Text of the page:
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September 20 in German History
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September 20, 1863

Jakob Grimm

Death of Jakob Grimm in Berlin, Germany. Along with his brother Wilhelm he is known most for the Grimms' fairy tales, published as Kinder- und Hausmärchen. (1812-1822). But the brothers did a huge amount of work which is equally important but less known. Between 1816-18 they published Deutsche Sagen, a collection of German legends. Between 1819 and 1837 Jakob prepared a complete German grammar, Deutsche Grammatik. His work in linguistics led to a new science. Grimm's Law in linguistics is named for Jakob Grimm. He further published an analysis of ancient Germanic law, Deutsche Rechtsaltertümer. The most extensive work undertaken by the brothers was the complete German dictionary, Deutsches Wörterbuch. The work was so extensive that neither lived to see it completed. Scholars continued the work after the Grimms' deaths and finally finished it about a century after they had started it. Jakob also published a history of the German language, Geschichte der deutschen Sprache.

September 20, 1875

Matthias Erzberger

Birth of Matthias Erzberger in Buttenhausen, Germany. Erzberger, a member of the Catholic Center Party, worked toward the peace to end WWI and was a signatory of the Armistice in 1918. Later he was first berated by right extremist groups and in 1921 shot to death by right-wing radicals.

September 20, 1884

Arlberg Tunnel

A 6.2 mile tunnel, the Arlberg Tunnel, is completed in the Austrian Alps.

September 20, 1894

Death of Heinrich Hoffmann in Frankfurt am Main. Hoffmann is most widely known as the author of Struwwelpeter.

September 20, 1945

German rocket engineers who have been captured at the end of the War and been brought to the US, start work on the American rocket program.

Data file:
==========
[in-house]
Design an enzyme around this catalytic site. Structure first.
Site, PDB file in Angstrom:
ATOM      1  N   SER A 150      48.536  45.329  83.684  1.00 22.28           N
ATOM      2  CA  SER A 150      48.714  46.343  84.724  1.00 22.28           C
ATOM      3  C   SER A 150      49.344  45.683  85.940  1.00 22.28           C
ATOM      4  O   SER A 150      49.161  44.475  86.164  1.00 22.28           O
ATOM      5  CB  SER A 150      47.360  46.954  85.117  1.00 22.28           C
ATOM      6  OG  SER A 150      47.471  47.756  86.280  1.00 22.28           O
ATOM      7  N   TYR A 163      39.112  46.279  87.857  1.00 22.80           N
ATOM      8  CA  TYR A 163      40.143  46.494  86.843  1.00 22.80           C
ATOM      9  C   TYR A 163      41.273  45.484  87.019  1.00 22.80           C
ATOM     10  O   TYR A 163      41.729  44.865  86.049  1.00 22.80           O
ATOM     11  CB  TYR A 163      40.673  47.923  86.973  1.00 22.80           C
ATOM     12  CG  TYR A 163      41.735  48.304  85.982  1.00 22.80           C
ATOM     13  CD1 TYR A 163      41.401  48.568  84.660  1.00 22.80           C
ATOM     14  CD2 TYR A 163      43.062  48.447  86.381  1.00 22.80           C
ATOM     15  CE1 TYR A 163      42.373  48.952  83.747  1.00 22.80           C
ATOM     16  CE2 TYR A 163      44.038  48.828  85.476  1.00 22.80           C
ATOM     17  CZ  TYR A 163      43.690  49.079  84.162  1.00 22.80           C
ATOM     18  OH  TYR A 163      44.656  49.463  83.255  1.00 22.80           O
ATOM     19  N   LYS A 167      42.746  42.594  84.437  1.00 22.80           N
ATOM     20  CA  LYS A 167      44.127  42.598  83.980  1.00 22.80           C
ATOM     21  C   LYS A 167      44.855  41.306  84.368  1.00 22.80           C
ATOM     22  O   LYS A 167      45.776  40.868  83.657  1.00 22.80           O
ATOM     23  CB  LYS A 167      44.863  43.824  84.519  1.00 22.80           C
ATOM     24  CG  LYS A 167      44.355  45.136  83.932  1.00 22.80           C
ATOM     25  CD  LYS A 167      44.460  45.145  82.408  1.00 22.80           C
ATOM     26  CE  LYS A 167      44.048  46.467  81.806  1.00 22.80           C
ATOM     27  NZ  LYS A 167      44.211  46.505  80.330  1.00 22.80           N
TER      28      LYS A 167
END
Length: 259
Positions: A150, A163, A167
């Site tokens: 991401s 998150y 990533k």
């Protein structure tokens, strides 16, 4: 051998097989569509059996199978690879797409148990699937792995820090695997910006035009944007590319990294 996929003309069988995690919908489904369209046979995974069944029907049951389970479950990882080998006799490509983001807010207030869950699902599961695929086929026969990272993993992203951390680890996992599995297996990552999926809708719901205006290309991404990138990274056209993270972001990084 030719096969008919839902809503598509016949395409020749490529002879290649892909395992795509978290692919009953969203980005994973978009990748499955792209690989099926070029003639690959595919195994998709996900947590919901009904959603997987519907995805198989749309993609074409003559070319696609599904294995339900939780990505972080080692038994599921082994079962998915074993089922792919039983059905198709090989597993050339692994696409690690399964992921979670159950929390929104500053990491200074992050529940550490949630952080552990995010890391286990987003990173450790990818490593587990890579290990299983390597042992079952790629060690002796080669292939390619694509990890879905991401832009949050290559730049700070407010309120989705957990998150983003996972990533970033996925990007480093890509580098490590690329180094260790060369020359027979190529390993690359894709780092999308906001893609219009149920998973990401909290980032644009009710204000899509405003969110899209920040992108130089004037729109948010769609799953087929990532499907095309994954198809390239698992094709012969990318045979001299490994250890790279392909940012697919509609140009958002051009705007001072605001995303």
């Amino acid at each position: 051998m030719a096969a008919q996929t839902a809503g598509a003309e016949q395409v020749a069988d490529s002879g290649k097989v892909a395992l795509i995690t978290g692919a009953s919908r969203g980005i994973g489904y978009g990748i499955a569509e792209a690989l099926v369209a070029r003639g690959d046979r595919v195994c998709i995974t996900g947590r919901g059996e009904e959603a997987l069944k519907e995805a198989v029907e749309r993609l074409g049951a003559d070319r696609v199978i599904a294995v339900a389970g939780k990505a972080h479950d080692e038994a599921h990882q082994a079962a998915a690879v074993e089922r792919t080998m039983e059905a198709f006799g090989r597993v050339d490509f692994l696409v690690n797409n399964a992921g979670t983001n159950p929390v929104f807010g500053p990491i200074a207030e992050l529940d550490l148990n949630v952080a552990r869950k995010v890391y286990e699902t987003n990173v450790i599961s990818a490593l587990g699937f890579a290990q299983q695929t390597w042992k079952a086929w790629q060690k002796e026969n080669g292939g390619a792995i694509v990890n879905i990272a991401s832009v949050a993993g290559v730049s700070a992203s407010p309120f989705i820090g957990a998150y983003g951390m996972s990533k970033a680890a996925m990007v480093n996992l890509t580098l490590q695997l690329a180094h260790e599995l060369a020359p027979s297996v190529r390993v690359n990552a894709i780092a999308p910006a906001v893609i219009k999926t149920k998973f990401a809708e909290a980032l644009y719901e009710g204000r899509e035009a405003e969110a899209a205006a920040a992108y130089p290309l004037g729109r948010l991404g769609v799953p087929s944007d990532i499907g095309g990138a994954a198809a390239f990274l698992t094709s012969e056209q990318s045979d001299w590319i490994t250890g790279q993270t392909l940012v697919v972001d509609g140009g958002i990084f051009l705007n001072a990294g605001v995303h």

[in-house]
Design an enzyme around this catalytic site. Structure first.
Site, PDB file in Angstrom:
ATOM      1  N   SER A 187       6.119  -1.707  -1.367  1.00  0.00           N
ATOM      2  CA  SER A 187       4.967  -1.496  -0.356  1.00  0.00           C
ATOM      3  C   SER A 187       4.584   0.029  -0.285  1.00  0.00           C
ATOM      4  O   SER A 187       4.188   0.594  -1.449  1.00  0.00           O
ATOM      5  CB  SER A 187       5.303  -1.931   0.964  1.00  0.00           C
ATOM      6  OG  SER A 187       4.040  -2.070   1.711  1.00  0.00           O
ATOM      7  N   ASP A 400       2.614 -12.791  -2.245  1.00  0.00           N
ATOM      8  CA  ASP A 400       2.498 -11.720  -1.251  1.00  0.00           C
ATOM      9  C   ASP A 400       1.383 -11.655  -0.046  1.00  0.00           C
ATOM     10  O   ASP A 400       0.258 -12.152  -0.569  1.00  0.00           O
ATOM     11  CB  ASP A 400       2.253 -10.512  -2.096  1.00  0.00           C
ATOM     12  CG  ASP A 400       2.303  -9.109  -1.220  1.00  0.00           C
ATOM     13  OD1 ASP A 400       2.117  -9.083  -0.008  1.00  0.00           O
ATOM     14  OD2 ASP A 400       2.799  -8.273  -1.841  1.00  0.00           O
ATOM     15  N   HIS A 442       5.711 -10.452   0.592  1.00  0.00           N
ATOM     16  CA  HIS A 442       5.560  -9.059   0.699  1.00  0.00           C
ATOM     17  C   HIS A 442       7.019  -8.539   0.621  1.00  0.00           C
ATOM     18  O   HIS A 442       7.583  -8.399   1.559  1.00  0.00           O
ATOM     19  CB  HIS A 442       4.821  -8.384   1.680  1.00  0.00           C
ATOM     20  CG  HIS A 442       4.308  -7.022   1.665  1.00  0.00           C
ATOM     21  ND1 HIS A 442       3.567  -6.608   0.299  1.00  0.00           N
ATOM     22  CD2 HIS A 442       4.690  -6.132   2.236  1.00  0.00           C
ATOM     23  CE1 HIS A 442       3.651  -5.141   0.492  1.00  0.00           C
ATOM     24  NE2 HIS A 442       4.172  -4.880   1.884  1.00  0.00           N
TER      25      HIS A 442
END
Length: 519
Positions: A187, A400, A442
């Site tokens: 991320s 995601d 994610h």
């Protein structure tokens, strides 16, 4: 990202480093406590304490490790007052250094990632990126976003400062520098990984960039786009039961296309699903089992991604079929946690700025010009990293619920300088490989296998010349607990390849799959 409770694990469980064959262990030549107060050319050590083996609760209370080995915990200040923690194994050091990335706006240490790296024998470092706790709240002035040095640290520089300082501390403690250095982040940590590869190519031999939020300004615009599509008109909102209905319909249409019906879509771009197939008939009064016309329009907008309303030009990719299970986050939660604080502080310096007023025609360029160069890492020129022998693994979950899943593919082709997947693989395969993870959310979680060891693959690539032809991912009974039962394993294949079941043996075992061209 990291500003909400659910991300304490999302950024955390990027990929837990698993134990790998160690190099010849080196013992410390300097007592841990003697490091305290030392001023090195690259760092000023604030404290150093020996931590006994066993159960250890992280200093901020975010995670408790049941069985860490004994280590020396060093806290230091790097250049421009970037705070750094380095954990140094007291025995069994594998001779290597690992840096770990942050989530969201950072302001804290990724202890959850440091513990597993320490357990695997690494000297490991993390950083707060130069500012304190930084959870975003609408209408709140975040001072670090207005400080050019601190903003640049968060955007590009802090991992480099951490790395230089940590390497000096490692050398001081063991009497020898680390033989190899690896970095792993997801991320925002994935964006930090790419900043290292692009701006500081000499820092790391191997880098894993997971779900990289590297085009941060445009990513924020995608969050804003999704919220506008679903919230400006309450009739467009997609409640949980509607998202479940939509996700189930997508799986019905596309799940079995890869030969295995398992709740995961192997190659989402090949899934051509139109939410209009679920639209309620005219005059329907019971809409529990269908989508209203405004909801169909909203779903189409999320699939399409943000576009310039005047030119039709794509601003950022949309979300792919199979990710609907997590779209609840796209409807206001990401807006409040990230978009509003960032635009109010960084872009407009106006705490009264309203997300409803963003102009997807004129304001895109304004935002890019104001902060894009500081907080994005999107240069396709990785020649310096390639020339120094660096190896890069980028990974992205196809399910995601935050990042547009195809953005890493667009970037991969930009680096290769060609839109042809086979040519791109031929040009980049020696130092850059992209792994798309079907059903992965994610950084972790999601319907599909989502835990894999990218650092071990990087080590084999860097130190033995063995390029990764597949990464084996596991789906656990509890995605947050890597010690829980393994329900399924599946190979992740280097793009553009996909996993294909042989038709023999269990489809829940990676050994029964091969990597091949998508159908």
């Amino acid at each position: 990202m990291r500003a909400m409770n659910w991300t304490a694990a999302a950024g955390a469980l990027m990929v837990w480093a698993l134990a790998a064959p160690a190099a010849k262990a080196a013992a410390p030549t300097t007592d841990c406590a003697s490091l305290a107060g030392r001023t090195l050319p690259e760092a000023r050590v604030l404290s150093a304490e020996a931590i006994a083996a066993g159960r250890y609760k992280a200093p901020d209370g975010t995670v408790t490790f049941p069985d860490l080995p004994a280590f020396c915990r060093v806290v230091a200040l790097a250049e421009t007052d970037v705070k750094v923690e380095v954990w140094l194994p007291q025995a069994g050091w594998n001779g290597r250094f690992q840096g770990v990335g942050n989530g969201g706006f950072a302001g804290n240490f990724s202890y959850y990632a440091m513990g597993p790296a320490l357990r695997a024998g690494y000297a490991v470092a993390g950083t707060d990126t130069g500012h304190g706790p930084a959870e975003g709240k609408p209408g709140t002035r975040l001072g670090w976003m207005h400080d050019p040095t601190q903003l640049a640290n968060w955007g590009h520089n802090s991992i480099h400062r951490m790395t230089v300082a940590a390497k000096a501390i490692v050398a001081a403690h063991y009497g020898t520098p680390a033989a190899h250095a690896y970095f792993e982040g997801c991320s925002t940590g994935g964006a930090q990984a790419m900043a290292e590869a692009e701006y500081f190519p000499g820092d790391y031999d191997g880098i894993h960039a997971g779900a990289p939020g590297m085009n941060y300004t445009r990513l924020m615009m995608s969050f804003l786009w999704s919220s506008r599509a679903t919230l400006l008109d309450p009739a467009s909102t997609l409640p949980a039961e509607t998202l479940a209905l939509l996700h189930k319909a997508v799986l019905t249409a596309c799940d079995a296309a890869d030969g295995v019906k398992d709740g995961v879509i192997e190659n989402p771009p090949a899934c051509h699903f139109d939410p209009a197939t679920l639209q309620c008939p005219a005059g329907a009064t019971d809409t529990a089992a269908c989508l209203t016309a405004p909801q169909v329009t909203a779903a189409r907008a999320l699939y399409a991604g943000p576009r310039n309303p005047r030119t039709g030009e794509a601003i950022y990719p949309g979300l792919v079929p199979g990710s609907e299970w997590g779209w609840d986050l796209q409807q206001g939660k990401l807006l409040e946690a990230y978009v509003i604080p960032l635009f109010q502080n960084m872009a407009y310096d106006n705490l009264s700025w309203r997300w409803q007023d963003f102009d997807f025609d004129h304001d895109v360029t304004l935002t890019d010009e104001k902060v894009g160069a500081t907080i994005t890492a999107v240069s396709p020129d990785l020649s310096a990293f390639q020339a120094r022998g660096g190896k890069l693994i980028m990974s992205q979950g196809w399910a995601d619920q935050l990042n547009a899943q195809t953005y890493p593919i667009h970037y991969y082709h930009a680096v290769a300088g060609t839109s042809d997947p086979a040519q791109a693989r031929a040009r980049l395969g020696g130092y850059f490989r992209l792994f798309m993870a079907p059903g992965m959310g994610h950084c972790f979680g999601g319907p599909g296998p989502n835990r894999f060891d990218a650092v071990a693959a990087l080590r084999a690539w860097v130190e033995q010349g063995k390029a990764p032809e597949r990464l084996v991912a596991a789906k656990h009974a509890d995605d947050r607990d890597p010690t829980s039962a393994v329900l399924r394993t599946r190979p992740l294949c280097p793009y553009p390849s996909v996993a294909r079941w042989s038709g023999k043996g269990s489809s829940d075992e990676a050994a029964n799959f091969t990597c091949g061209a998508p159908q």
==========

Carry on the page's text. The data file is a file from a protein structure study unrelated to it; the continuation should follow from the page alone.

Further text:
September 20, 1949

Ludwig Erhard is named Minister of Economics in Konrad Adenauer's cabinet.

September 20, 1990

treaty of unification

The two Germanys ratify a treaty of unification. A reunification treaty between West Germany and the GDR was negotiated in mid-1990, signed on 31 August of that year and finally approved by large majorities in the legislative chambers of both countries on 20 September 1990. The amendments to the Federal Republic's Basic Law that were foreseen in the Unification Treaty or necessary for its implementation were adopted by the Federal Statute of 23 September 1990. After that last step Germany was officially united at 00:00 CET on 3 October 1990. East Germany joined the Federal Republic as the five states of Brandenburg, Mecklenburg-Vorpommern, Saxony, Saxony-Anhalt and Thuringia. These states had been the five original states of East Germany, but had been abolished in 1952 in favour of a centralised system. As part of the 18 May treaty, the five East German states had been reconstituted on 23 August. At the same time, East and West Berlin reunited into one city, which became a city-state along the lines of the existing city-states of Bremen and Hamburg.

September 20, 2005

Simon Wiesental

Simon Wiesental dies at age 96 at his home in Vienna. He was an Austrian Holocaust survivor who became famous after World War II for his work as a Nazi hunter. After four and a half years in the German concentration camps such as Janowska, Plaszow, and Mauthausen during World War II, Wiesenthal dedicated most of his life to tracking down and gathering information on fugitive Nazis so that they could be brought to justice for war crimes and crimes against humanity.

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